Aims: Most consumer research about terroir has focused on wine, particularly with French or other European wine drinkers, rather than those in the Anglo-Saxon world. In Europe, whilst there is no agreement amongst consumers as to what terroir actually is, there is a general recognition of the word and an acceptance that it represents something important. There is no certainty that this is the case elsewhere. This paper helps to fill that gap focusing on British consumers in the context of a project mainly exploring food and terroir.
Methods and Results: This study forms much of a larger transnational study applying discrete choice experiments. As part of the data collection respondents (who had not been presented with the word ‘terroir’ in any previous questions) were asked what ‘terroir’ meant to them, responding with a single word or short phrase; there was a quota sample of 552. Qualitative analysis of responses emerged in three forms:
- A basic categorisation which split comments into four groups based on the respondent’s apparent knowledge including non- or incorrect responses.
- A thematic categorisation which placed all words into one of eleven groups linked directly to the content of the response (e.g., environment, territory, France, wine).
- A ‘word cloud’ to reveal visually the relative strength of words used.
Using the basic categorisation the single largest class of response was ‘don’t know’ (49.64%). The second largest group gave a response that bore some (limited) relationship to traditional definitions of terroir. This class (30.25%) might use a term like soil, terrain, climate, or environment. Some also made a link to crops or grapes. Another class (9.06%) made a much more complex link suggesting not just an ecosystem but that the environment directly shaped a resulting product. The third largest group (11.05%) offered an entirely wrong definition. Some just implied that it meant ‘good’; nine suggested that it was a (small) dog (terrier) and 21 that it was to do with horror.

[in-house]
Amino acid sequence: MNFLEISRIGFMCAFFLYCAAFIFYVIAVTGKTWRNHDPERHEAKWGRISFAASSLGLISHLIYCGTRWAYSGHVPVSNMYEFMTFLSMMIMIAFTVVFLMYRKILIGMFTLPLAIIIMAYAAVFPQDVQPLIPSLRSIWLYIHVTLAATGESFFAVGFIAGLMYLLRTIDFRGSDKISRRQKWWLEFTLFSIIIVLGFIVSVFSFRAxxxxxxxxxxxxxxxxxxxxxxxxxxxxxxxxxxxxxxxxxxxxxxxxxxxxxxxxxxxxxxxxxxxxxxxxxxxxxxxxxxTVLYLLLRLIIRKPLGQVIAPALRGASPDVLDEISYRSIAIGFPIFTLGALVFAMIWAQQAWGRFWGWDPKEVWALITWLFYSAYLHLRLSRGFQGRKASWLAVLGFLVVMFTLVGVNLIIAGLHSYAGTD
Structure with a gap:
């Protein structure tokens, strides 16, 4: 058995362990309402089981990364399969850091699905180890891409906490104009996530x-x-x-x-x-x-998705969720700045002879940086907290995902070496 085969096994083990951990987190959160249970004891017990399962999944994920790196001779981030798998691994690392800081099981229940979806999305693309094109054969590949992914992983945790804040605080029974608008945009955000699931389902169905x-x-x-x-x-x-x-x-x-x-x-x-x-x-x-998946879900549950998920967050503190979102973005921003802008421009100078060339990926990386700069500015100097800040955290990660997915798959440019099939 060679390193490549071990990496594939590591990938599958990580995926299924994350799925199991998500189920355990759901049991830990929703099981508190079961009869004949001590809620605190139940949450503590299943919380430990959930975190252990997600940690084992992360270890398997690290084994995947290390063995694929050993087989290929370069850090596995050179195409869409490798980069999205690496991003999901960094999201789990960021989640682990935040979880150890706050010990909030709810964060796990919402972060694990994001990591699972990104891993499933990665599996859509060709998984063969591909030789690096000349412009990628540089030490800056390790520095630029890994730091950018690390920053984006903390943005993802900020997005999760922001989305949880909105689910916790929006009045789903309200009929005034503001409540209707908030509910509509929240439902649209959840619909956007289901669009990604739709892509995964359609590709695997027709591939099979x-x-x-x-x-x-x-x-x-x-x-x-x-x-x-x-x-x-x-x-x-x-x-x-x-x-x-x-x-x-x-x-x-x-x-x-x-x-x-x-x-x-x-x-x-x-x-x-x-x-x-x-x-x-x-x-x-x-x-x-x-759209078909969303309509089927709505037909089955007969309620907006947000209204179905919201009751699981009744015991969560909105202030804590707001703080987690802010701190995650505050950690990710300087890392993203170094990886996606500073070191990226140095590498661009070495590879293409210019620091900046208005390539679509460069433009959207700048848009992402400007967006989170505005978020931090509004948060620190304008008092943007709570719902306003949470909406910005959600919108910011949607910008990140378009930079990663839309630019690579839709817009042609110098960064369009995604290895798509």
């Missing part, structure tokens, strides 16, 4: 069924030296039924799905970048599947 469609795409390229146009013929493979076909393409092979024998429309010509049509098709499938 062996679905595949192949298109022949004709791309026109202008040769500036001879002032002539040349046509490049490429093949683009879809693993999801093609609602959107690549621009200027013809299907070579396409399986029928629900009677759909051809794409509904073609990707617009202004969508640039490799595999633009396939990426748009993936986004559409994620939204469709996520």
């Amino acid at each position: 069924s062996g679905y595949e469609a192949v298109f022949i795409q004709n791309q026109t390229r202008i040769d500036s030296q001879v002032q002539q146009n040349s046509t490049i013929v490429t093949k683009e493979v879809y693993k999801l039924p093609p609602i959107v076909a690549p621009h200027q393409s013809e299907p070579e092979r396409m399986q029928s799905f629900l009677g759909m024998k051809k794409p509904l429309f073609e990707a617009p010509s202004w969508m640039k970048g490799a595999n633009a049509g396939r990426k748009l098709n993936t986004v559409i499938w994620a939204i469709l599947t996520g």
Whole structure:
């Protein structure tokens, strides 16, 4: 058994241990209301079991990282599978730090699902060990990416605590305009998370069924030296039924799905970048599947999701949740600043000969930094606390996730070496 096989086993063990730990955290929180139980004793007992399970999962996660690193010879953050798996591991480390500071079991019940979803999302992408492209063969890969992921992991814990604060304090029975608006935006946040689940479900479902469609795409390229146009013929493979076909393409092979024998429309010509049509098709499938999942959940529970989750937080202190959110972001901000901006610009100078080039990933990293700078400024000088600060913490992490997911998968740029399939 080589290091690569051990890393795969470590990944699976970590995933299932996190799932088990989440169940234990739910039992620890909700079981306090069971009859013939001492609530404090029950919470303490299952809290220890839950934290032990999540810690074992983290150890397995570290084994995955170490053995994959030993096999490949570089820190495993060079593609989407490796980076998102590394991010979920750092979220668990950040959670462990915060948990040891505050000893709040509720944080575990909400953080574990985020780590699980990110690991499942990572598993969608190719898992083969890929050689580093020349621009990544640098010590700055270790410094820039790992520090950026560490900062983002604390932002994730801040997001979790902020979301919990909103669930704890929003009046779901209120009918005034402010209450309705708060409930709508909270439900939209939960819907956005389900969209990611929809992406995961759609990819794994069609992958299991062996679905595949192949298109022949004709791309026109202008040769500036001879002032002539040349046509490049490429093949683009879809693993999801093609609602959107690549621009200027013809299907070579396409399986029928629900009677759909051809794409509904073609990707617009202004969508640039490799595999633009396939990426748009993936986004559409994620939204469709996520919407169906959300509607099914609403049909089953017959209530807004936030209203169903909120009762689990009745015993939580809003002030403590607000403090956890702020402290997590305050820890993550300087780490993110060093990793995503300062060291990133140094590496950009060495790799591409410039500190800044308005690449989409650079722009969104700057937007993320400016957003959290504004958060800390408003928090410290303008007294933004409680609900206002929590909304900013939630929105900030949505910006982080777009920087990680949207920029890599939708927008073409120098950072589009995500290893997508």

The second categorisation grouped respondents given a ‘correct’ definition. This group (n=217) included a few who defined terroir as ‘natural’, or to do with nature and five who just mentioned a crop or product. The rest tended to focus on a place, area or territory (n=60) or a climate, environment or ecosystem (n=59). Another group talked about earth, soil or land (n=79), which could relate either to place generally or ecosystem more specifically.
Conclusion: This is a qualitative analysis but the analysis shows the gulf limited recognition of the word terroir in one Anglo-Saxon country. Beyond the mere descriptive it also forms a useful starting point for seeing how the British may define the word in terms of place and/or environment.
Significance and Impact of the Study: The study is the starting point for a comparative consideration of consumers’ ideas about and definitions of terroir across a range of countries as well as what the limits for the popular recognition of the idea may be in the UK.
Authors: Steve Charters*, Lara Agnoli, Valeriane Tavila
Burgundy School of Business, Dijon, France
Keywords: Food terroir, United Kingdom